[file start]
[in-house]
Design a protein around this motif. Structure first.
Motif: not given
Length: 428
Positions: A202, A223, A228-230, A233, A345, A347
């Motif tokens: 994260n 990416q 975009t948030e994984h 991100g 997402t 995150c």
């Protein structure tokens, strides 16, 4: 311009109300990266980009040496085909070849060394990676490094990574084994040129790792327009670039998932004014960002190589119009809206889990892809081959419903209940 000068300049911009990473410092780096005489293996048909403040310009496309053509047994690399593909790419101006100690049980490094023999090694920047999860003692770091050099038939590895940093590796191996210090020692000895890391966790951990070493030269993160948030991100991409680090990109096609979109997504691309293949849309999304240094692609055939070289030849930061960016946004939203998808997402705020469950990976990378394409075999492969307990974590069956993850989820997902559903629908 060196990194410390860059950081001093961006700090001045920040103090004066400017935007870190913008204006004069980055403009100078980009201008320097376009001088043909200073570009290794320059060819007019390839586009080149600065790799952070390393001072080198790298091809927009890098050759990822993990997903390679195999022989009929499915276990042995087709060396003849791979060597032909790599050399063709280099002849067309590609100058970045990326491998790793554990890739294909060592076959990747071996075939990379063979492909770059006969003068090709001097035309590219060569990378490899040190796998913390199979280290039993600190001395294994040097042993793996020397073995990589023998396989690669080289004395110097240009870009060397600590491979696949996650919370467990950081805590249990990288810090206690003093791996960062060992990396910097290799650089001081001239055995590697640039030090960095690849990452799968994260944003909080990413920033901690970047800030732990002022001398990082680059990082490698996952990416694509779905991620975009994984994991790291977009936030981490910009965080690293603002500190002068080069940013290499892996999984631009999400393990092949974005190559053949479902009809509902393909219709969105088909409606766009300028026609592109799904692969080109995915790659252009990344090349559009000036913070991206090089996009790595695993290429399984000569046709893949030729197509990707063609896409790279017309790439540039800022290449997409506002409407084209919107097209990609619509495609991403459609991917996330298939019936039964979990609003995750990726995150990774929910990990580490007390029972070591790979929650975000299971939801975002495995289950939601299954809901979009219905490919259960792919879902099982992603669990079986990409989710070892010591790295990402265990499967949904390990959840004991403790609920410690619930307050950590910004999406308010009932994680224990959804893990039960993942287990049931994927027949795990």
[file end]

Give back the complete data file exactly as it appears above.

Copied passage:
[in-house]
Design a protein around this motif. Structure first.
Motif: not given
Length: 428
Positions: A202, A223, A228-230, A233, A345, A347
């Motif tokens: 994260n 990416q 975009t948030e994984h 991100g 997402t 995150c």
């Protein structure tokens, strides 16, 4: 311009109300990266980009040496085909070849060394990676490094990574084994040129790792327009670039998932004014960002190589119009809206889990892809081959419903209940 000068300049911009990473410092780096005489293996048909403040310009496309053509047994690399593909790419101006100690049980490094023999090694920047999860003692770091050099038939590895940093590796191996210090020692000895890391966790951990070493030269993160948030991100991409680090990109096609979109997504691309293949849309999304240094692609055939070289030849930061960016946004939203998808997402705020469950990976990378394409075999492969307990974590069956993850989820997902559903629908 060196990194410390860059950081001093961006700090001045920040103090004066400017935007870190913008204006004069980055403009100078980009201008320097376009001088043909200073570009290794320059060819007019390839586009080149600065790799952070390393001072080198790298091809927009890098050759990822993990997903390679195999022989009929499915276990042995087709060396003849791979060597032909790599050399063709280099002849067309590609100058970045990326491998790793554990890739294909060592076959990747071996075939990379063979492909770059006969003068090709001097035309590219060569990378490899040190796998913390199979280290039993600190001395294994040097042993793996020397073995990589023998396989690669080289004395110097240009870009060397600590491979696949996650919370467990950081805590249990990288810090206690003093791996960062060992990396910097290799650089001081001239055995590697640039030090960095690849990452799968994260944003909080990413920033901690970047800030732990002022001398990082680059990082490698996952990416694509779905991620975009994984994991790291977009936030981490910009965080690293603002500190002068080069940013290499892996999984631009999400393990092949974005190559053949479902009809509902393909219709969105088909409606766009300028026609592109799904692969080109995915790659252009990344090349559009000036913070991206090089996009790595695993290429399984000569046709893949030729197509990707063609896409790279017309790439540039800022290449997409506002409407084209919107097209990609619509495609991403459609991917996330298939019936039964979990609003995750990726995150990774929910990990580490007390029972070591790979929650975000299971939801975002495995289950939601299954809901979009219905490919259960792919879902099982992603669990079986990409989710070892010591790295990402265990499967949904390990959840004991403790609920410690619930307050950590910004999406308010009932994680224990959804893990039960993942287990049931994927027949795990």